by Jeff Merrill
Santa Catalina Island beckons 30 miles away from Dana Point. The deep ocean swells combined with wind and chop between waypoints is as good a place as any to test a new passagemaker. And besides that, there is usually some excellent sea life viewing to be had. Trips to Catalina are actually standard shakedown practice for new Nordhavn owners whose boats get commissioned in Dana Point, so Peter and Su Faklis followed suit with a weekend getaway on board their brand new 43, Posada.
If you are a frequent Nordhavn.com reader, you may recall a feature I wrote a couple of months ago about picking up a Nordhavn 43 in San Diego (along with a 40, 47 and 57) and bringing her up to Dana Point. That delivery took place in December and three months later 4306 was almost finished. I had suggested to Peter and Su that an escape from the hustle and bustle of the commissioning process would give us some time on the water to learn the boat. We treated it as kind of a working vacation.
I’ve known Peter and Su for over 10 years, having previously sold them a 40-foot Pacific Seacraft sailboat, and then brokering the same boat a couple years later when they signed up for their Nordhavn 43. Peter and Su were very astute when it came to building and outfitting their new boat, to the point that Posada turned out to be one of our nicest Nordhavn 43s replete with several outstanding innovations and improvements.
One Friday afternoon, the PAE commissioning crew turned the boat over to us so we could complete the necessary pre-departure tasks such as fueling up (with a little docking practice thrown in), some light provisioning and an engine room indoctrination.
I had also put together a couple of first draft Nordhavn 43 checklists for Peter and Su to use for starters and then personalize over time. We reviewed the “start up and shut down procedures” and “leaving the dock checklist”. They kept everyone busy for an hour or so, and also made sure we were ready to go.
By the next afternoon, we were on our way and quickly dialed in the course heading to the east end of Catalina, home of the beautiful resort town, Avalon. Almost immediately, a squadron of eight Pelicans soared by to send us off in style. It was a sparkling clear day and we could see the island…which is both good and bad. Sometimes when you can see Catalina from the beginning it feels like it’s taking forever to make the crossing, but on this particular Saturday we were in no hurry and it was fun to see the island slowly grow bigger as we drew near.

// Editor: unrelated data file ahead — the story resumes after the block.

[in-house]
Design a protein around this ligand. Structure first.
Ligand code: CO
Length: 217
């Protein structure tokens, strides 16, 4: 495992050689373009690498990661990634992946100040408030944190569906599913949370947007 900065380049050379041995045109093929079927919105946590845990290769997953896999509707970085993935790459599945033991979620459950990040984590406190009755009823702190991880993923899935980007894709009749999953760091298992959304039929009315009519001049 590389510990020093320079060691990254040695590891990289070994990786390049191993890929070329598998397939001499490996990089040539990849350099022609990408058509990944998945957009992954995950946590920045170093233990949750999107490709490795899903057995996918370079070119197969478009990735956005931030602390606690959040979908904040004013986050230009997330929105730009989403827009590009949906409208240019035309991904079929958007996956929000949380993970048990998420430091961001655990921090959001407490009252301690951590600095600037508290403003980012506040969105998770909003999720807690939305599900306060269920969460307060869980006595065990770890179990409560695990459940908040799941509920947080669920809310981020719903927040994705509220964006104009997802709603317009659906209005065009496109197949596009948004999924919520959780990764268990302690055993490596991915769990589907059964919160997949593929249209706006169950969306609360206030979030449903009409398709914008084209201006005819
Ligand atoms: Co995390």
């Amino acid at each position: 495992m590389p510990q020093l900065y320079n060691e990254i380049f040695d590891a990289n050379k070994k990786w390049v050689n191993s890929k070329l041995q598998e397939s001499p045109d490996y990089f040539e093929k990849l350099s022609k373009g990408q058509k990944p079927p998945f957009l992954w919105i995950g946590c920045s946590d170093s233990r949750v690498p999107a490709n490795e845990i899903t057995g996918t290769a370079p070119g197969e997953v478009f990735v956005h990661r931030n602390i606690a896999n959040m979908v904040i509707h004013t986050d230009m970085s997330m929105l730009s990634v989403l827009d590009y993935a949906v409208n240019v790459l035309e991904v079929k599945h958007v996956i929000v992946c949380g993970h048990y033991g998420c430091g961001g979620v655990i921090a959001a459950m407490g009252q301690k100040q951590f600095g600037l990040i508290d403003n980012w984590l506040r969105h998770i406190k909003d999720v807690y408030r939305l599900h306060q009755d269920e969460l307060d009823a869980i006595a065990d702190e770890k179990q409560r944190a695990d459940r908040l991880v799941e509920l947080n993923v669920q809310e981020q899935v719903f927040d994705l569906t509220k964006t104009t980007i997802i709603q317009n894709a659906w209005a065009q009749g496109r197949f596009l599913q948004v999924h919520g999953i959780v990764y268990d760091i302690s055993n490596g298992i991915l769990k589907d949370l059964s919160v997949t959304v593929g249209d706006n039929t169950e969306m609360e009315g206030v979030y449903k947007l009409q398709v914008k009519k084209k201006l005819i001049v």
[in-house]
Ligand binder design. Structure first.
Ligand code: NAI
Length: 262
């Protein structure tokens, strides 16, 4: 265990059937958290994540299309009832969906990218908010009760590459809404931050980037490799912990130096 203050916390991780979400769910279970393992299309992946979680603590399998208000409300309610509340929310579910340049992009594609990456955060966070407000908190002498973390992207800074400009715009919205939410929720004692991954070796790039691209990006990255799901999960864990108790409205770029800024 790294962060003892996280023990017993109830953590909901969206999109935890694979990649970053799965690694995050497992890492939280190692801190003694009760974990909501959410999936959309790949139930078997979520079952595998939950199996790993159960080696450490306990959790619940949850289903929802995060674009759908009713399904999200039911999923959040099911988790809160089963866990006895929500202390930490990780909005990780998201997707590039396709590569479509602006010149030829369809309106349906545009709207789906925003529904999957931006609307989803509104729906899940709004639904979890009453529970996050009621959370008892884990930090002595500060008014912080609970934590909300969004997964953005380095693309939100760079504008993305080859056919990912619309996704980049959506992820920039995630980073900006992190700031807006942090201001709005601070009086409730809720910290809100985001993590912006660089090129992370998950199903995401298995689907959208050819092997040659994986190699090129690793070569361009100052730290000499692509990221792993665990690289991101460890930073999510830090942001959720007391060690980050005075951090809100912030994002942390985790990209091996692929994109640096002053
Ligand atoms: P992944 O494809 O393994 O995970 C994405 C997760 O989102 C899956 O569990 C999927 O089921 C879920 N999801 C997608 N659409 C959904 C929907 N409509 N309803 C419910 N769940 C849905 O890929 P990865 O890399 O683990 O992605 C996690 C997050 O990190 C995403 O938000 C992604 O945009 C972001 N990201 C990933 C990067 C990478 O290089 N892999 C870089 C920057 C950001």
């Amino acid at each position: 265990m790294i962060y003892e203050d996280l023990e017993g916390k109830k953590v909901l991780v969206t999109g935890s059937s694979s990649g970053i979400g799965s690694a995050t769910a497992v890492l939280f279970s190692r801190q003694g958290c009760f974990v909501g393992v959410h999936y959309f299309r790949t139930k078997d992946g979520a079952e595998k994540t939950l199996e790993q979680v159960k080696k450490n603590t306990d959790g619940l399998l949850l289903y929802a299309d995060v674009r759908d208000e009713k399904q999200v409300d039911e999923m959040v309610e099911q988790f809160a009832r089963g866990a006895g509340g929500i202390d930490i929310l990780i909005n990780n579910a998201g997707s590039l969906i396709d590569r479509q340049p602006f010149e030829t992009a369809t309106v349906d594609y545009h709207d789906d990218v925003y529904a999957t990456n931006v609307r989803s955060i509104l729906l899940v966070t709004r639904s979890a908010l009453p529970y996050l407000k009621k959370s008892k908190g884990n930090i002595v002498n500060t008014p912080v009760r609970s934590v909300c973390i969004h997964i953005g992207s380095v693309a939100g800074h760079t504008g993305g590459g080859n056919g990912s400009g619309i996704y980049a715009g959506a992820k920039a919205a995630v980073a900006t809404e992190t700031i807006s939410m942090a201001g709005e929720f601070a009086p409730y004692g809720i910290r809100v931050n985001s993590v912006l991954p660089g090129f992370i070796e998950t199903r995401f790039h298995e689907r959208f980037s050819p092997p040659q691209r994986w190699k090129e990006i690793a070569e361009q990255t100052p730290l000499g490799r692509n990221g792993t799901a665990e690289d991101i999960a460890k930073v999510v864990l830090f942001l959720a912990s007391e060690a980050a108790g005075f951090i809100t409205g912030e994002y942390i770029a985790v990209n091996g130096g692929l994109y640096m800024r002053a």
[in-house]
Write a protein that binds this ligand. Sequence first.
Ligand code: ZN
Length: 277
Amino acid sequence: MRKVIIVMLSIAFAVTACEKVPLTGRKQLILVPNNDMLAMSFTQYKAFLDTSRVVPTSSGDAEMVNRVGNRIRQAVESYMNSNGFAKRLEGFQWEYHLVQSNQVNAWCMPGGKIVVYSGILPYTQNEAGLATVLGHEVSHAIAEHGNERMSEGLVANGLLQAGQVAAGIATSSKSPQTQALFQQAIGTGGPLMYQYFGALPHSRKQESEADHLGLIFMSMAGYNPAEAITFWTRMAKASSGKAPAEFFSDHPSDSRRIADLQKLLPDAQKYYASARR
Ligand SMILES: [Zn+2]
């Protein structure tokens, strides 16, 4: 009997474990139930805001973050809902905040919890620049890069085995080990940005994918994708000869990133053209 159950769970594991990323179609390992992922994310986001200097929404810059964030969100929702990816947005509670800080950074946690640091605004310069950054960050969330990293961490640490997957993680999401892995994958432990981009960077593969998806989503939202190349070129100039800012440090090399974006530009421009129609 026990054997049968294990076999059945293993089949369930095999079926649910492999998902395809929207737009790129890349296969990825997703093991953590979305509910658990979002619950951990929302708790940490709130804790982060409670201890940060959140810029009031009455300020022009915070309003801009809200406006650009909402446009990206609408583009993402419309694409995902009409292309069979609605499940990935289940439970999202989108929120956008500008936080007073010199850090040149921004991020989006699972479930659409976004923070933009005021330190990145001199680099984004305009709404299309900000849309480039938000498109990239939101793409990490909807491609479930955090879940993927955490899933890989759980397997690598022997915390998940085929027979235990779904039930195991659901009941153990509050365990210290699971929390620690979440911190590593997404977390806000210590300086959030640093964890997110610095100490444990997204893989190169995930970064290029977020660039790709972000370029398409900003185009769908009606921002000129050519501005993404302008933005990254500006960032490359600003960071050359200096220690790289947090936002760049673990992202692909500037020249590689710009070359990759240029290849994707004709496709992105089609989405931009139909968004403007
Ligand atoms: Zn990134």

It’s always fun to watch a pair of new owners break away from shore for the first time on their new yacht. You get to share in the relief and excitement, and understand their underlying thrill of knowing that soon just the two of them will be taking off to destinations unknown. But there is a lot to review before you gain that confidence in a new yacht and this trip was one big step in that process. We played around with the electronics to check out how everything was integrated then tested the TRAC stabilizers going from centered to active. Changing our course across the swell was a great chance to see how well they worked.
This overnighter was the first opportunity for any of us to spend time aboard the boat in a clean, organized state. First we took turns standing watch – which really amounted to scanning our beautiful surrounding waters looking for sea life since we seemed to be the only boat out on the water. “Standing” watch isn’t really a fair description when you actually are sitting in an amazingly comfortable Stidd helm chair. No kidding, it would be easy to continue on station right through your crewmate’s watch just to remain in command. Everything is in reach, gauges are easily sighted and the wheelhouse visibility to the outside world is exceptional. There is always something to see if you keep a good look out and the VHF was peppered with boaters (none of whom we could see) asking to confirm the location of whale sightings (it’s migration season again) and about an hour out of Avalon, Peter and I witnessed a big gray whale break the surface to glide up for a big gulp of air and then send us a wet whistle as she sounded. We also slipped through a pod of at least two dozen Pilot whales about a mile from the shore, which we interpreted as the reciprocal greeting to our pelican send off!
Posada has the optional flybridge and it is a wonderful place to appreciate the great expanse of the ocean. You are up so high you feel like you can sneak a peek over the horizon. The company built a little “rumble seat” aft to starboard in the stainless work for an extra perch and before everything is done Peter is going to add a fixed stainless steel framed Bimini top cover. The vastness of the flybridge deck is substantial and once the helm chairs are installed and the Bimini completed, I think this is going to be the place to run this boat.
I marveled at how quietly we were running. Posada is the first 43 to get the Lugger electronic main engine and she purrs along silently. Magazine articles in Power and Motoryacht and Latitudes and Attitudes have been published recently and I’m sure there will be a lot more coverage once word starts getting out.